Going With The Flow
For example, we learn that water pressure causes flow. From that we may assume that Voltage causes current. This is partly true because, at some point, we can pick up a bucket and pour it out, learning that there can be flow without first applying pressure (at least that is so where Gravity is a sort of “behind-the-scenes” pressure source.)
However from the pipe, we learn that flow can cause pressure. Not that water has pressure in of itself. But when channeled in a river, pressure results. Nor does water define itself in terms of quantity, assuming there is a supply source.
The same essentially pertains to electricity as well. In of itself, there is no pressure. But when the electrons are all channeled into a wire, pressure results, we call it Voltage.
To get more water through a pipe, you need to increase the input pressure – or increase the size of the pipe, reducing the resistance to the water flow. In an extreme case, with too much supply, bad things happen.
And that is our introduction to the concept of Resistance.
Resistance is Futile
In order to fully understand how wires work, we need to couple the concept of flow or Voltage with some other concepts: resistance and power transfer. By getting this clearly in mind, we can begin to visualize what is going on inside that wire as it goes from point A to point B.
Let us translate some of these principals into mechanics. A case in point: the concept of resistance can be grasped from trying to push something across the floor without wheels.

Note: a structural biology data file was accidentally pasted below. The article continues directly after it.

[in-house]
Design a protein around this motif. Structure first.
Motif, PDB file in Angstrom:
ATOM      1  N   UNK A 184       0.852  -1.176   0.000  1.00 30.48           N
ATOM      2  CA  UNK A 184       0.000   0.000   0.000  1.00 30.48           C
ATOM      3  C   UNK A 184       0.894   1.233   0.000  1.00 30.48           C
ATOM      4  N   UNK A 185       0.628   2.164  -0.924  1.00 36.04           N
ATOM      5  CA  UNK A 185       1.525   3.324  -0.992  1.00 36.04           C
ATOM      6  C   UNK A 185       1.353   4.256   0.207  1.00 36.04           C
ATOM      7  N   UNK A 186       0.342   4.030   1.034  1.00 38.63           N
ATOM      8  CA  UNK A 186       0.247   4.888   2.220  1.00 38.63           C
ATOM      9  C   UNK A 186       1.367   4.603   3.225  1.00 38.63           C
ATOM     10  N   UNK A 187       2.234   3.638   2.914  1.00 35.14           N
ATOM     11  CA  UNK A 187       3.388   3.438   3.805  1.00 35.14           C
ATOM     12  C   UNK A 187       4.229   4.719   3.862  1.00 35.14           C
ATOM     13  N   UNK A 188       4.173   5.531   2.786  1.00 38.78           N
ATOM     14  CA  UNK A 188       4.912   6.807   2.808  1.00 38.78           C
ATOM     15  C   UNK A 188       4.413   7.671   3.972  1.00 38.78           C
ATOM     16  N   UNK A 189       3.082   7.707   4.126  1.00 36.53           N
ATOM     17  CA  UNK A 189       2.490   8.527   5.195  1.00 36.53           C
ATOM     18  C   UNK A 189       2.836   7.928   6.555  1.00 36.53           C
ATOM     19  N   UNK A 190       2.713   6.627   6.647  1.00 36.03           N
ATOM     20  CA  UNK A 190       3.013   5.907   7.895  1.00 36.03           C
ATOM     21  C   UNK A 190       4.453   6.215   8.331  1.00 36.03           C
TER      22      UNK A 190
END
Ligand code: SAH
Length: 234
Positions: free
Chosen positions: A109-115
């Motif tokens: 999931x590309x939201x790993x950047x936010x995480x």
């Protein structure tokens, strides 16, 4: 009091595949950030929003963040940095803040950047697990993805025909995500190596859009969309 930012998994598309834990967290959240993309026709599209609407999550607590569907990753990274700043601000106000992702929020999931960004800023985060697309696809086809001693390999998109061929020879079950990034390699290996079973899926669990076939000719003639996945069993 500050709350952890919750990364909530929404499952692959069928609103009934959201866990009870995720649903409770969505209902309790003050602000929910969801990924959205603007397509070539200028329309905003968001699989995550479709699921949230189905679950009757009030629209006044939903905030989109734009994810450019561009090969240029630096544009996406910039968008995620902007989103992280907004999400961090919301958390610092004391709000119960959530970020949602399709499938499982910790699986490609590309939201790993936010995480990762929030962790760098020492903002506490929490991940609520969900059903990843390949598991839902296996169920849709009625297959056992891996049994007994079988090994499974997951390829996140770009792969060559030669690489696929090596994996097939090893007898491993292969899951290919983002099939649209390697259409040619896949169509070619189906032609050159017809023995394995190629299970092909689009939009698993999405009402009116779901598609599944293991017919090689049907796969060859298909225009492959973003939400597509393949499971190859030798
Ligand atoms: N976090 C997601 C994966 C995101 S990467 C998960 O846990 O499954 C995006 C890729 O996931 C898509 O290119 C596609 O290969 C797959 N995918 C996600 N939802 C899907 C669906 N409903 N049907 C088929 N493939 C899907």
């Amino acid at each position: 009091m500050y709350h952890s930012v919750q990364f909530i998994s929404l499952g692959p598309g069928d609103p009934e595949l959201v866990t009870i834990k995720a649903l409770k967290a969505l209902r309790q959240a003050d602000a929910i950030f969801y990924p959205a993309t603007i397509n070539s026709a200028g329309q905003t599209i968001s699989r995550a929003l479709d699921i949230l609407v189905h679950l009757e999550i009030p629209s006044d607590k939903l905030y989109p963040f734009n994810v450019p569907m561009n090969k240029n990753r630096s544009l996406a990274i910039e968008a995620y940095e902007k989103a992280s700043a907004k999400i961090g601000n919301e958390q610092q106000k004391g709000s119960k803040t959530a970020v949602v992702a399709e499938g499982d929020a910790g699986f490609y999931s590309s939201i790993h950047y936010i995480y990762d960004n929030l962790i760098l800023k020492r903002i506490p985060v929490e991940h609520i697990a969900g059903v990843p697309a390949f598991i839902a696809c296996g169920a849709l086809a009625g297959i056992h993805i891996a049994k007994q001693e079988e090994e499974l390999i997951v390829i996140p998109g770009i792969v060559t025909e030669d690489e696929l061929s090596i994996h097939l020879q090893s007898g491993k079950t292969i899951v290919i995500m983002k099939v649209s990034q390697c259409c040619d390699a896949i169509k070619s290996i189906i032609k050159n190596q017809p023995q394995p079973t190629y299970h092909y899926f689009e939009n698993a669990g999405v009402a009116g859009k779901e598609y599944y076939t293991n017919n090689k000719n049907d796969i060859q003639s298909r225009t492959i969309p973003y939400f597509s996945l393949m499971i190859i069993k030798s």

This sort of effort helps us to somehow grasp the idea that more pressure is more efficient, causing more movement. In the case of water and electrons, higher flows of liquids essentially overcome resistance, in nearly all cases. The equivalent in electronics is more Voltage.
If we are not real bright, we translate this to mean that higher Voltage is always more efficient. It is not until we grasp the concept of power that we learn this is not the case. If we fail to grasp the difference between power and energy, things just get rationalized – and more confusing. So, let us take a look at the relation-ship between power and energy.
Often, people start talking about things like power transfer when they really mean energy transfer.
For example, we say an RF transmission line carries power to the antenna, when it does no such thing. It transfers energy. The only power in a transmission line is that lost to heating of the line itself. In fact, the heat is a clue: power does work, while energy is like water poured out of the bucket. It does not really do anything, it just moves from one place to another.
In electrical terms, a wire does not carry power. What it does is provide a guide across which energy can transfer, not too unlike a pipe through which water can flow, or through which a string of golf balls or BB’s can flow in much the same way.
This image of golf balls and BBs lead us to discuss Current, which we will do next, in Part 2.
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Curt “Cowboy” Flick is a broadcast engineer, based in Akron, OH. He is experienced in areas from computers and studio inputs to tower climbing and maintenance. You can contact him at email@example.com